U.S. House Speaker Mike Johnson has been seeking the votes needed to pass some $62 billion in aid for Ukraine, but many hard-right Republicans, especially those closely allied with former President Donald Trump, the party's presumptive nominee to run against President Joe Biden in a November election, have been skeptical about assisting Kyiv in its fight against Russia.

Confronted with a worsening lack of enough air defense systems, weapons, and ammunition as Western aid dries up, Kyiv has increasingly resorted to air and naval drone strikes deep inside Russian territory, targeting both military installations and critical oil-refining capabilities.

In Ukraine's Russian-occupied Crimea region, a series of explosions rang out early on April 17 in the area of the military airfield in the northern city of Dzhankoy.

The Telegram channel Astra showed several videos from local residents that showed flames shooting skyward amid large plumes of smoke at what reportedly was the airfield.

The reports could not be independently confirmed. Russian authorities in Crimea did not immediately comment on the reports.


Facing Republican Revolt, House Speaker Pushes Ahead On U.S. Aid For Ukraine, Other Allies

House Speaker Mike Johnson (file photo)
House Speaker Mike Johnson (file photo)

House Speaker Mike Johnson (Republican-Louisiana) pushed back on April 16 against mounting anger within his own party over proposed U.S. security aid for Ukraine, Israel, and other allies, and rejected a call to step aside or risk a vote to oust him from office.

After meeting with fellow Republicans, Johnson said he was "not resigning" and called the motion to oust him "absurd" as he seeks the votes needed to pass the aid for U.S. allies.

At least two far-right Republicans have threatened to remove Johnson as speaker if he allows a vote on assistance for Ukraine.

Many other hard-right Republicans, especially those closely allied with former President Donald Trump, the party’s presumptive nominee to run against President Joe Biden in the November election, have been skeptical about assisting Kyiv in its fight against Russia and fiercely oppose sending billions more dollars to Ukraine.

Live Briefing: Russia's Invasion Of Ukraine

RFE/RL's Live Briefing gives you all of the latest developments on Russia's full-scale invasion, Kyiv's counteroffensive, Western military aid, global reaction, and the plight of civilians. For all of RFE/RL's coverage of the war in Ukraine, click here.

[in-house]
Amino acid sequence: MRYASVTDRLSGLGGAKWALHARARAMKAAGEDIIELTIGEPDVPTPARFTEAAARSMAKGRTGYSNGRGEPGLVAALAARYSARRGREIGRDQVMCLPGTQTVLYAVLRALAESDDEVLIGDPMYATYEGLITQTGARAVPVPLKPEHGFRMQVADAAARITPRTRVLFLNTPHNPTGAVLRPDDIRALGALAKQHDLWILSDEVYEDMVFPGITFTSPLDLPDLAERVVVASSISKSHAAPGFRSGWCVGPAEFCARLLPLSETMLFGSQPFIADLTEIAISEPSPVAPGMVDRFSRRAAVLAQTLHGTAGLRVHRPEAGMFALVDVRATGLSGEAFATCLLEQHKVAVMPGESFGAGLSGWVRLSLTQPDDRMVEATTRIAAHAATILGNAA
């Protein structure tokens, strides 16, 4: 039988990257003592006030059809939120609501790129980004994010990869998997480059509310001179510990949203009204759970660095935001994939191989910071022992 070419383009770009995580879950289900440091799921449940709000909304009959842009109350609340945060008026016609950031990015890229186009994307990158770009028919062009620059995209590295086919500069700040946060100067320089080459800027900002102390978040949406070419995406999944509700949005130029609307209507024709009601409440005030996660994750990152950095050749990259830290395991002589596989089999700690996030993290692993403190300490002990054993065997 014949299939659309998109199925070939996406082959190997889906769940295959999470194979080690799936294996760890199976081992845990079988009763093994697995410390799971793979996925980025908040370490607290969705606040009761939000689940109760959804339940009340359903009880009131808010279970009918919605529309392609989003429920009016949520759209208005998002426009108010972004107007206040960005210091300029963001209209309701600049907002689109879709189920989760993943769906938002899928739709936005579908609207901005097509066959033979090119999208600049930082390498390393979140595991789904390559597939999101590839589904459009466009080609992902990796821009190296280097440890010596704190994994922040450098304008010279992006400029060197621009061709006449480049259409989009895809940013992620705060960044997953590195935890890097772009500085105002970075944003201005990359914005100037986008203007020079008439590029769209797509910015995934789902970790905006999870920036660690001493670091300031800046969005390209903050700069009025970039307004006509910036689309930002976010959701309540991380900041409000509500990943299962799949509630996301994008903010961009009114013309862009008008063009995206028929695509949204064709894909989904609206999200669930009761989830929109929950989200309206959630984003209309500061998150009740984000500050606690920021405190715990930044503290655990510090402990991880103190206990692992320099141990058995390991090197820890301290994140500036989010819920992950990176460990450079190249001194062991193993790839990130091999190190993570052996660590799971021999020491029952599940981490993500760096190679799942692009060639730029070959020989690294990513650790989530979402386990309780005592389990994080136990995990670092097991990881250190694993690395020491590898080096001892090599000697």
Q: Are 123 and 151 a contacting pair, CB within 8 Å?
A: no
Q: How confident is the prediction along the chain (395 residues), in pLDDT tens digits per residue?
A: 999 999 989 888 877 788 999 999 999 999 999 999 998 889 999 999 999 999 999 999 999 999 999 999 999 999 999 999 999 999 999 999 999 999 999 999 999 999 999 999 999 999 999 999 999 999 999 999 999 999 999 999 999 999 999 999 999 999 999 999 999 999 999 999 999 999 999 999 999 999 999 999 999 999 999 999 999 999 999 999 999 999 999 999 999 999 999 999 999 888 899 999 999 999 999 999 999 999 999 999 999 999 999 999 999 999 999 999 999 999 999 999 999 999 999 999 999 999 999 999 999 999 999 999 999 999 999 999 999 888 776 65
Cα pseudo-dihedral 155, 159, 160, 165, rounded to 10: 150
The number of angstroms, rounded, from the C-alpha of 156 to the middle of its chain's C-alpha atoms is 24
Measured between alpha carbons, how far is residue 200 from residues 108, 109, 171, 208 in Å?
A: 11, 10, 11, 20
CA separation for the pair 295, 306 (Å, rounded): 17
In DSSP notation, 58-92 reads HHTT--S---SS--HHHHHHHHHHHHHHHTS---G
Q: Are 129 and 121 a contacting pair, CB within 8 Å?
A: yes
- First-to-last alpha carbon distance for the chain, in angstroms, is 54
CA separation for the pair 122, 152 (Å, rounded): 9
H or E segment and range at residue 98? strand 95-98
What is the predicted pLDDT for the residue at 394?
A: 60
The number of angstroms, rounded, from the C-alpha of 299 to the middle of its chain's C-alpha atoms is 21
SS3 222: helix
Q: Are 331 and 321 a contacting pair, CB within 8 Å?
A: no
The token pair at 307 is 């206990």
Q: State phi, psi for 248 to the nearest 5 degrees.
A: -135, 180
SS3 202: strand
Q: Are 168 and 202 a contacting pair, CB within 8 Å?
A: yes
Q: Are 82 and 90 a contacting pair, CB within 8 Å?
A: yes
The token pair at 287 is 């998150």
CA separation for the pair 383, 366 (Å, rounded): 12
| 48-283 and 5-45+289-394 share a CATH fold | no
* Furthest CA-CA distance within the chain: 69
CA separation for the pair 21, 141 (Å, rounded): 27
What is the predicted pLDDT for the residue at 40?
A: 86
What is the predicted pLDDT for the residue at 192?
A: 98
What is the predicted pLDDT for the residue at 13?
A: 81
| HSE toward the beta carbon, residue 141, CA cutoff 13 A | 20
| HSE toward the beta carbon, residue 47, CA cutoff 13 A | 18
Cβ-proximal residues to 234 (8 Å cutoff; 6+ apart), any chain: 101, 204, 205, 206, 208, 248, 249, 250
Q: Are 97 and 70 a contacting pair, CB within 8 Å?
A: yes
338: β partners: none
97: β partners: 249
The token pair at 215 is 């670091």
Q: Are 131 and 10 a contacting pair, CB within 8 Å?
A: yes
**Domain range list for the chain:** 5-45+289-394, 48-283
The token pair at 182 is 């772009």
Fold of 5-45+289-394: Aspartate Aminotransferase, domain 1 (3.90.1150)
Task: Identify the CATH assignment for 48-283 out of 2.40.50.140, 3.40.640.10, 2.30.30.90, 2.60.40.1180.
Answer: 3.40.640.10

Democrats say they will not rush to judgment on a new proposal from Johnson to consider national security assistance for Ukraine, Israel, and Taiwan separately, rather than as one bill.

They previously stressed that the best and quickest strategy would be for the House to pass the $95 billion package of security assistance approved by the Senate in February.

"I am reserving judgment on what will come out of the House until we see more about the substance of the proposal and the process by which the proposal will proceed," Senate Majority Leader Chuck Schumer (Democrat-New York) said on April 16.

Schumer said he hoped to get details of the speaker's proposal later on April 16, adding that "time is of the essence."

The leaders of several House committees endorsed Johnson's plan.

"There is nothing our adversaries would love more than if Congress were to fail to pass critical national security aid. Speaker Johnson has produced a plan that will boost U.S. national security interests in Europe, the Middle East, and the Indo-Pacific," said a joint statement from House Armed Services Committee Chairman Mike Rogers (Republican-Alabama), House Appropriations Committee Chairman Tom Cole (Republican-Oklahoma), House Appropriations defense subcommittee Chairman Ken Calvert (Republican-California), House Foreign Affairs Committee Chairman Mike McCaul (Republican-Texas), and House Permanent Select Committee on Intelligence Chairman Mike Turner (Republican-Ohio).